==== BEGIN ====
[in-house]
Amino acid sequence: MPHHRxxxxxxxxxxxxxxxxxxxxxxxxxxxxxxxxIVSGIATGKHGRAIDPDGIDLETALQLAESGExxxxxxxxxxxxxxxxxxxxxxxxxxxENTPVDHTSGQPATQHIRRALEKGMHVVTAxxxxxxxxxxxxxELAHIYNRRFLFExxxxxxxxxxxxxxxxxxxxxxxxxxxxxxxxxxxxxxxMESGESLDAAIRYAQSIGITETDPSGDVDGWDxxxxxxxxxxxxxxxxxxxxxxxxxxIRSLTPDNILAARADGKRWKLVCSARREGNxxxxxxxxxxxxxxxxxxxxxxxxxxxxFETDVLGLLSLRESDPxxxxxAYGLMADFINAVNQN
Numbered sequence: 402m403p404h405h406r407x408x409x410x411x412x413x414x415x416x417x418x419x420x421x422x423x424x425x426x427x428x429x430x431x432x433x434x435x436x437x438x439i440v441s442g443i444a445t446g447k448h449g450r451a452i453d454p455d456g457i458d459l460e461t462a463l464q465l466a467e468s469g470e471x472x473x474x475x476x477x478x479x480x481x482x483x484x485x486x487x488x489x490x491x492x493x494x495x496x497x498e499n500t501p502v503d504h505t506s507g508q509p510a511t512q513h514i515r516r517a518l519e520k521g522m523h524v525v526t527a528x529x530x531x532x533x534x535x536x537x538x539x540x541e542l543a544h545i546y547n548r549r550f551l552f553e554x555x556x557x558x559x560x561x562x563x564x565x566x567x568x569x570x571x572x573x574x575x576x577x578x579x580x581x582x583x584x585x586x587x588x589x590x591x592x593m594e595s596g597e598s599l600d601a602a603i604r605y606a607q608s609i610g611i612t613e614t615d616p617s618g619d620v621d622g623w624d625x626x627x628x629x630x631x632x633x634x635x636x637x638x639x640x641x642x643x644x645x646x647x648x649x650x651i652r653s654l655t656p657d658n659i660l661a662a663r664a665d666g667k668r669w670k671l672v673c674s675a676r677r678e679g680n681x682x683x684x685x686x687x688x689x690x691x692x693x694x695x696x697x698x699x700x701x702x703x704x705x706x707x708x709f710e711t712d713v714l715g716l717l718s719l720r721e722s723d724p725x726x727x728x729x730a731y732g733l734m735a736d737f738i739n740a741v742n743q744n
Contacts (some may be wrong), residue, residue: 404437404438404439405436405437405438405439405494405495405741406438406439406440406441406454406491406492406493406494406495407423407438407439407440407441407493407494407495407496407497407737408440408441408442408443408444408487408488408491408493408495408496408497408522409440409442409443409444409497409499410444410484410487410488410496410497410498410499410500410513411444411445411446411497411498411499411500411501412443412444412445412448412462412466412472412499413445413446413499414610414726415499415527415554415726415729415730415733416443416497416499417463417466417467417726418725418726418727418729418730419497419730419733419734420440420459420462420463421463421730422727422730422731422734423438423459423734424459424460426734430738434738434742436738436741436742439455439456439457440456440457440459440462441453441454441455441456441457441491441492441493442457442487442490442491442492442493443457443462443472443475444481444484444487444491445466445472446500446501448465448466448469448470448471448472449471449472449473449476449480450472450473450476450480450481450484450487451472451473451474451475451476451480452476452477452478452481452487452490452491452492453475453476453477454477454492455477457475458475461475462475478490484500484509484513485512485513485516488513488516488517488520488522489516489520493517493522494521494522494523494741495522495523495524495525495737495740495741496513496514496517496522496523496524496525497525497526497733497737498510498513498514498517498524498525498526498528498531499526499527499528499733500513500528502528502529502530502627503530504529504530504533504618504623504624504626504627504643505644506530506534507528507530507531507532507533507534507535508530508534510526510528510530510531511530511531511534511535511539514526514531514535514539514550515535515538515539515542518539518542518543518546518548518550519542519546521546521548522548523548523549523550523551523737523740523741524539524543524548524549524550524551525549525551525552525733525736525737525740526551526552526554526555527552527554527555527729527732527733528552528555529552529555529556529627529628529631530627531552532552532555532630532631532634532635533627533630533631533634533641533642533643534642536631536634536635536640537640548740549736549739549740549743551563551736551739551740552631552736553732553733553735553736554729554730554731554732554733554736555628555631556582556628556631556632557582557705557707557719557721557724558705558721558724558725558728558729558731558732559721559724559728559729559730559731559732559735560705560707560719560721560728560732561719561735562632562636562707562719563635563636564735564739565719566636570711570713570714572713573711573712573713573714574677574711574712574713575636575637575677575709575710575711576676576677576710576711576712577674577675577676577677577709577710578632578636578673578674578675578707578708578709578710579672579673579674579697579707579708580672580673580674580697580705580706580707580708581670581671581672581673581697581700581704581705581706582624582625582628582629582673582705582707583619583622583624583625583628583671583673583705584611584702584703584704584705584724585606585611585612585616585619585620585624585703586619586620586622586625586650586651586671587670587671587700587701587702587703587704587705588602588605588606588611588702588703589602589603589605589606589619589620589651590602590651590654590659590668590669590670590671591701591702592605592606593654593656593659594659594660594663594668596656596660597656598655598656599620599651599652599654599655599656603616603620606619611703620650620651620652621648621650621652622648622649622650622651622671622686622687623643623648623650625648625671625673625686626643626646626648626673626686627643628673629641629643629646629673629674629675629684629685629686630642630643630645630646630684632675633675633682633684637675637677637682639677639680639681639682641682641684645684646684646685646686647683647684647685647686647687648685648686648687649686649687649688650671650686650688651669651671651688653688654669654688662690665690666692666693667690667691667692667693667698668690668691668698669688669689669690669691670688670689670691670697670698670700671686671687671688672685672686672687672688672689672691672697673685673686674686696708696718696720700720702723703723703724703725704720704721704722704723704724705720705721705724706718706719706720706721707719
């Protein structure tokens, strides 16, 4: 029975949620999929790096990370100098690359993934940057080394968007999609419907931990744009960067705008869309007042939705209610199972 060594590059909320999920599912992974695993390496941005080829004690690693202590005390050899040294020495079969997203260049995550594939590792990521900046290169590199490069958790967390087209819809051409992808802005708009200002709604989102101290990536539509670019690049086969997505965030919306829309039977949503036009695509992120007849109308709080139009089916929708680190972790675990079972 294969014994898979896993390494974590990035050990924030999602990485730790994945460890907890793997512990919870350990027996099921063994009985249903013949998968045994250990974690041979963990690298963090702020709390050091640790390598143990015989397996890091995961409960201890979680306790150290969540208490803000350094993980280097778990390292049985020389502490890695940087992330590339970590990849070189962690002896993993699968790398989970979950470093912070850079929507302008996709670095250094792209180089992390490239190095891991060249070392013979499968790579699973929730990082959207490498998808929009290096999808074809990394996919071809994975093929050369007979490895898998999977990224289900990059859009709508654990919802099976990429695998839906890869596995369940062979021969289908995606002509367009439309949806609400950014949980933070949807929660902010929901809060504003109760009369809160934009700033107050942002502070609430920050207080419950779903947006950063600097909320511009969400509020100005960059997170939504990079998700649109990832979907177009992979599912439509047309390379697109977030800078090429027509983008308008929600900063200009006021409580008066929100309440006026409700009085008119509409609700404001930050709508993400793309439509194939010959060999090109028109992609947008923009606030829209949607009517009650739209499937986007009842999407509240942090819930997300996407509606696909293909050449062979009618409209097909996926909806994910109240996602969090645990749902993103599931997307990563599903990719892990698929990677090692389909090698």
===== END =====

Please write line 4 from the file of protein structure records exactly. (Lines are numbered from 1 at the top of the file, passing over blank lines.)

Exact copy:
Contacts (some may be wrong), residue, residue: 404437404438404439405436405437405438405439405494405495405741406438406439406440406441406454406491406492406493406494406495407423407438407439407440407441407493407494407495407496407497407737408440408441408442408443408444408487408488408491408493408495408496408497408522409440409442409443409444409497409499410444410484410487410488410496410497410498410499410500410513411444411445411446411497411498411499411500411501412443412444412445412448412462412466412472412499413445413446413499414610414726415499415527415554415726415729415730415733416443416497416499417463417466417467417726418725418726418727418729418730419497419730419733419734420440420459420462420463421463421730422727422730422731422734423438423459423734424459424460426734430738434738434742436738436741436742439455439456439457440456440457440459440462441453441454441455441456441457441491441492441493442457442487442490442491442492442493443457443462443472443475444481444484444487444491445466445472446500446501448465448466448469448470448471448472449471449472449473449476449480450472450473450476450480450481450484450487451472451473451474451475451476451480452476452477452478452481452487452490452491452492453475453476453477454477454492455477457475458475461475462475478490484500484509484513485512485513485516488513488516488517488520488522489516489520493517493522494521494522494523494741495522495523495524495525495737495740495741496513496514496517496522496523496524496525497525497526497733497737498510498513498514498517498524498525498526498528498531499526499527499528499733500513500528502528502529502530502627503530504529504530504533504618504623504624504626504627504643505644506530506534507528507530507531507532507533507534507535508530508534510526510528510530510531511530511531511534511535511539514526514531514535514539514550515535515538515539515542518539518542518543518546518548518550519542519546521546521548522548523548523549523550523551523737523740523741524539524543524548524549524550524551525549525551525552525733525736525737525740526551526552526554526555527552527554527555527729527732527733528552528555529552529555529556529627529628529631530627531552532552532555532630532631532634532635533627533630533631533634533641533642533643534642536631536634536635536640537640548740549736549739549740549743551563551736551739551740552631552736553732553733553735553736554729554730554731554732554733554736555628555631556582556628556631556632557582557705557707557719557721557724558705558721558724558725558728558729558731558732559721559724559728559729559730559731559732559735560705560707560719560721560728560732561719561735562632562636562707562719563635563636564735564739565719566636570711570713570714572713573711573712573713573714574677574711574712574713575636575637575677575709575710575711576676576677576710576711576712577674577675577676577677577709577710578632578636578673578674578675578707578708578709578710579672579673579674579697579707579708580672580673580674580697580705580706580707580708581670581671581672581673581697581700581704581705581706582624582625582628582629582673582705582707583619583622583624583625583628583671583673583705584611584702584703584704584705584724585606585611585612585616585619585620585624585703586619586620586622586625586650586651586671587670587671587700587701587702587703587704587705588602588605588606588611588702588703589602589603589605589606589619589620589651590602590651590654590659590668590669590670590671591701591702592605592606593654593656593659594659594660594663594668596656596660597656598655598656599620599651599652599654599655599656603616603620606619611703620650620651620652621648621650621652622648622649622650622651622671622686622687623643623648623650625648625671625673625686626643626646626648626673626686627643628673629641629643629646629673629674629675629684629685629686630642630643630645630646630684632675633675633682633684637675637677637682639677639680639681639682641682641684645684646684646685646686647683647684647685647686647687648685648686648687649686649687649688650671650686650688651669651671651688653688654669654688662690665690666692666693667690667691667692667693667698668690668691668698669688669689669690669691670688670689670691670697670698670700671686671687671688672685672686672687672688672689672691672697673685673686674686696708696718696720700720702723703723703724703725704720704721704722704723704724705720705721705724706718706719706720706721707719